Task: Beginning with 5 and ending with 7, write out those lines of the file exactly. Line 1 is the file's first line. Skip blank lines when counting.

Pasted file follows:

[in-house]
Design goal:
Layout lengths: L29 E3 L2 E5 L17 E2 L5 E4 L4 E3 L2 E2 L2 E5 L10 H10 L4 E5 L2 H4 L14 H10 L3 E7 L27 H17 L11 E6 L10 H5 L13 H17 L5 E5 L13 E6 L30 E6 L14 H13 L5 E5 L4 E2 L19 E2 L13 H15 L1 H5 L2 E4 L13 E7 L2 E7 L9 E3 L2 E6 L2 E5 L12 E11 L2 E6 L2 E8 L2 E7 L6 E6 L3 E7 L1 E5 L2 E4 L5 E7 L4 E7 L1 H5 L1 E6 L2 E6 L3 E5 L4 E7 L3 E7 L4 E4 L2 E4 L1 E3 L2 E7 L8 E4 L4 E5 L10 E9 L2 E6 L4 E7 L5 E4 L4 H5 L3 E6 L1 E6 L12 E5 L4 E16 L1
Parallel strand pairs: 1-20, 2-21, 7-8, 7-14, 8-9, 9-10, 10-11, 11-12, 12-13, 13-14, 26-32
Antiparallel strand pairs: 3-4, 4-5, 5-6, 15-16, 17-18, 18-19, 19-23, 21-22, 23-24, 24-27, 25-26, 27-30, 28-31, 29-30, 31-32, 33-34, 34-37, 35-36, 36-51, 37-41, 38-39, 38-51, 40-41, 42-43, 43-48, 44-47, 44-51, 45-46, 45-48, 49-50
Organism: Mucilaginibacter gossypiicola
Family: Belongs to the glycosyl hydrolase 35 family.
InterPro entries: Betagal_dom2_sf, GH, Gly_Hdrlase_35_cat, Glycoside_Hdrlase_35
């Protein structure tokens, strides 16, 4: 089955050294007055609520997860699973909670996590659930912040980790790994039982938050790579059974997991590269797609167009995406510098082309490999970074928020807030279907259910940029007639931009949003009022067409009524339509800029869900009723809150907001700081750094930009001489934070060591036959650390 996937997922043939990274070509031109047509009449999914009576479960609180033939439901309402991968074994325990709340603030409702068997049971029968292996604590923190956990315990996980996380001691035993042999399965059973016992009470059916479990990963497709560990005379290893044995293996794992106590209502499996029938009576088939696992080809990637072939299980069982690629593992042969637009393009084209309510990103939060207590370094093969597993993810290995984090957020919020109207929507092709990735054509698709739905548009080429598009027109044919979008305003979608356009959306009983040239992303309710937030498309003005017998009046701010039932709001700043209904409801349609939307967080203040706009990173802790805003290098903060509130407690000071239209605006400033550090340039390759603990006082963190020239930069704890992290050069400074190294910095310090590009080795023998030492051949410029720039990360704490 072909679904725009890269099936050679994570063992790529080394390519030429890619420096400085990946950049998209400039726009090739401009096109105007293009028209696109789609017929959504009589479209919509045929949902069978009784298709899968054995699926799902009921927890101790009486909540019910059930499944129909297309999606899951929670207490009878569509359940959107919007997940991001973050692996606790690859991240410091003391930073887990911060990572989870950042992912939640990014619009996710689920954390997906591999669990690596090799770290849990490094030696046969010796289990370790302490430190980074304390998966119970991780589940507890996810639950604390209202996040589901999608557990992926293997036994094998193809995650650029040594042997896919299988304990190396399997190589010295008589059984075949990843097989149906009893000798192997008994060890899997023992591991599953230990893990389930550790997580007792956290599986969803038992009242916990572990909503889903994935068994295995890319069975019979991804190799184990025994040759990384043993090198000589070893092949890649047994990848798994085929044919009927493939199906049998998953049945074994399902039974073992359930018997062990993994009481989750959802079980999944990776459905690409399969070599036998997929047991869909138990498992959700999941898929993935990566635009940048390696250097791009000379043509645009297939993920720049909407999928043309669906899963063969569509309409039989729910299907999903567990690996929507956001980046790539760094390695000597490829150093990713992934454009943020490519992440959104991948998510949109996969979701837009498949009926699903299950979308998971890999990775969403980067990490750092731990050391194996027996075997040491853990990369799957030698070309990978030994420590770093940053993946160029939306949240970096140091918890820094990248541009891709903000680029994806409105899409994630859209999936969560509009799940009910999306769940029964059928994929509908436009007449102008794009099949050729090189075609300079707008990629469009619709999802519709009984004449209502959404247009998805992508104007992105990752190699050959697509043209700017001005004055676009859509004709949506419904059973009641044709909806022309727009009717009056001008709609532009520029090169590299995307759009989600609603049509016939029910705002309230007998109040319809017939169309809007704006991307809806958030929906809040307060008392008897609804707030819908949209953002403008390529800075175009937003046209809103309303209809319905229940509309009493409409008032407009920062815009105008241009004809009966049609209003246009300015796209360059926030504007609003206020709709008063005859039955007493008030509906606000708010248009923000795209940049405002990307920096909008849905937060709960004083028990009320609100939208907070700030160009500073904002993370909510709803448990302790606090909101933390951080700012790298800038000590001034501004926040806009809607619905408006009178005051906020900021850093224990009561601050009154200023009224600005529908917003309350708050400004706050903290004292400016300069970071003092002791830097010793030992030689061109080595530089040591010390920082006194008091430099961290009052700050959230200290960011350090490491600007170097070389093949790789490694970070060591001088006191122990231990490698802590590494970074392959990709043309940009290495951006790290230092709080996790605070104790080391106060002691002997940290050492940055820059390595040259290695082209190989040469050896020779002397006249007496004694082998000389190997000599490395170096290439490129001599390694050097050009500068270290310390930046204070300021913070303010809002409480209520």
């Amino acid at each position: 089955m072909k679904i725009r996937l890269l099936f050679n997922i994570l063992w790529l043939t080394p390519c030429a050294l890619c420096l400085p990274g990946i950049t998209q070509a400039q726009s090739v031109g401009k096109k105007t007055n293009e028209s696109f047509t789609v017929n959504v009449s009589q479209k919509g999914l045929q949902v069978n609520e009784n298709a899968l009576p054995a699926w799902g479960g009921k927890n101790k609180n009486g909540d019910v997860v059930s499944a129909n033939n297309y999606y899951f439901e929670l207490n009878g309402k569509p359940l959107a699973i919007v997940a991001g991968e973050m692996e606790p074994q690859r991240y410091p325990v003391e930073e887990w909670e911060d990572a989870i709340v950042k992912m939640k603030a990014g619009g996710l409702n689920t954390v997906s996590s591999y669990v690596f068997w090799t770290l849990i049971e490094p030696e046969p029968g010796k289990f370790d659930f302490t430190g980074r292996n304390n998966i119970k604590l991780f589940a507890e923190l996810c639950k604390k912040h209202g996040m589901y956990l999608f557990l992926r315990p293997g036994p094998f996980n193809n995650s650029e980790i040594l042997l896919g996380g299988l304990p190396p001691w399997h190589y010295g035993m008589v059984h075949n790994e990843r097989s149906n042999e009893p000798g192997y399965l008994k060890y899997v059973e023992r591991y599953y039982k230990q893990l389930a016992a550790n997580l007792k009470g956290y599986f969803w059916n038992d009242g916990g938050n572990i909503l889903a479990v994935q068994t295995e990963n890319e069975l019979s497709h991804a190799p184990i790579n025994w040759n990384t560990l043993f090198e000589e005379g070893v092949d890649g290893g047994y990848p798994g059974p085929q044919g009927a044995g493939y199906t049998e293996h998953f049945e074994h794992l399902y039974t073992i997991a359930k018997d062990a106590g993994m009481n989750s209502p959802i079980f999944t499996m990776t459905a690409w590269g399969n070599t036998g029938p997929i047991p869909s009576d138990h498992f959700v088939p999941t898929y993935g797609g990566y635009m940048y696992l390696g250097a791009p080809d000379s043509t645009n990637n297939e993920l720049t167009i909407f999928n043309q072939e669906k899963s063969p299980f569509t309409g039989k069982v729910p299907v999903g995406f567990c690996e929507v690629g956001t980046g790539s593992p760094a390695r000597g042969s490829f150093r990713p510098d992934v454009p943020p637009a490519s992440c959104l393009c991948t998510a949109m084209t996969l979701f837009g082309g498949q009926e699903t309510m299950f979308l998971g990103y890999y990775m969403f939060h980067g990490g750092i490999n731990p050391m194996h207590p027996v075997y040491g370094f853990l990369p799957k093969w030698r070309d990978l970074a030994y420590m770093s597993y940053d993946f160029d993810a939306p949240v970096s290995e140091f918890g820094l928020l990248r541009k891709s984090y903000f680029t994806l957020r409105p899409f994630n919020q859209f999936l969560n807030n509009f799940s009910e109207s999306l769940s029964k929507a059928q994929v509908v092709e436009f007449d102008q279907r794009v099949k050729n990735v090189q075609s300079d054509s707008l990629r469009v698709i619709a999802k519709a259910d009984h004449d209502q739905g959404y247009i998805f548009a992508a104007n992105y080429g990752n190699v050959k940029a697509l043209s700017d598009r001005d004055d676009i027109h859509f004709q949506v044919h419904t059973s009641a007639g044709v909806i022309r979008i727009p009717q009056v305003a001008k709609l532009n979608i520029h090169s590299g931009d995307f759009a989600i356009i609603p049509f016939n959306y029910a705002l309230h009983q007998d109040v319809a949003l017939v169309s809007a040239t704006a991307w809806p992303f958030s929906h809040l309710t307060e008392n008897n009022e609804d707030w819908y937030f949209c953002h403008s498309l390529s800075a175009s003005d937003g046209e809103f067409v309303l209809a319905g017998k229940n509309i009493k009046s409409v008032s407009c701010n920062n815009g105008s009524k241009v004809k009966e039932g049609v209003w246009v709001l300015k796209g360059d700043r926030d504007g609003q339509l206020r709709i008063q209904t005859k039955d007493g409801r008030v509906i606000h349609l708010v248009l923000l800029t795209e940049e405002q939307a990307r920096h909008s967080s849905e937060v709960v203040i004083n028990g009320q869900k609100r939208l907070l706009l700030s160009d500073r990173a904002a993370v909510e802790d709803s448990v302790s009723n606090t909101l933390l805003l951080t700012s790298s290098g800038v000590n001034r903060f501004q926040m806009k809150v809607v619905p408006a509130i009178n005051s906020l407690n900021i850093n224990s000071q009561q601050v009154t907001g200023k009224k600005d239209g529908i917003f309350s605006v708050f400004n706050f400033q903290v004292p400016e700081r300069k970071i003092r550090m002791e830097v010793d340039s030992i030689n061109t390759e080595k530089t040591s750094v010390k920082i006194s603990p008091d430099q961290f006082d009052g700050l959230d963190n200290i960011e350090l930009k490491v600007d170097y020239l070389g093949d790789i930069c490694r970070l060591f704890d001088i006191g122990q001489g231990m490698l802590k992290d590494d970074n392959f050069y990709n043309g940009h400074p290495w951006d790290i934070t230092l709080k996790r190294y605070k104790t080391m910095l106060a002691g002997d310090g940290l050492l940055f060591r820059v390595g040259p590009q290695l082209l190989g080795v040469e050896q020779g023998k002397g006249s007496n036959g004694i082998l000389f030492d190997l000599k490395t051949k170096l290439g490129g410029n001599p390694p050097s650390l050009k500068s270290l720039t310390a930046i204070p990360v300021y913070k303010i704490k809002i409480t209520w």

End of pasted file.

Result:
Antiparallel strand pairs: 3-4, 4-5, 5-6, 15-16, 17-18, 18-19, 19-23, 21-22, 23-24, 24-27, 25-26, 27-30, 28-31, 29-30, 31-32, 33-34, 34-37, 35-36, 36-51, 37-41, 38-39, 38-51, 40-41, 42-43, 43-48, 44-47, 44-51, 45-46, 45-48, 49-50
Organism: Mucilaginibacter gossypiicola
Family: Belongs to the glycosyl hydrolase 35 family.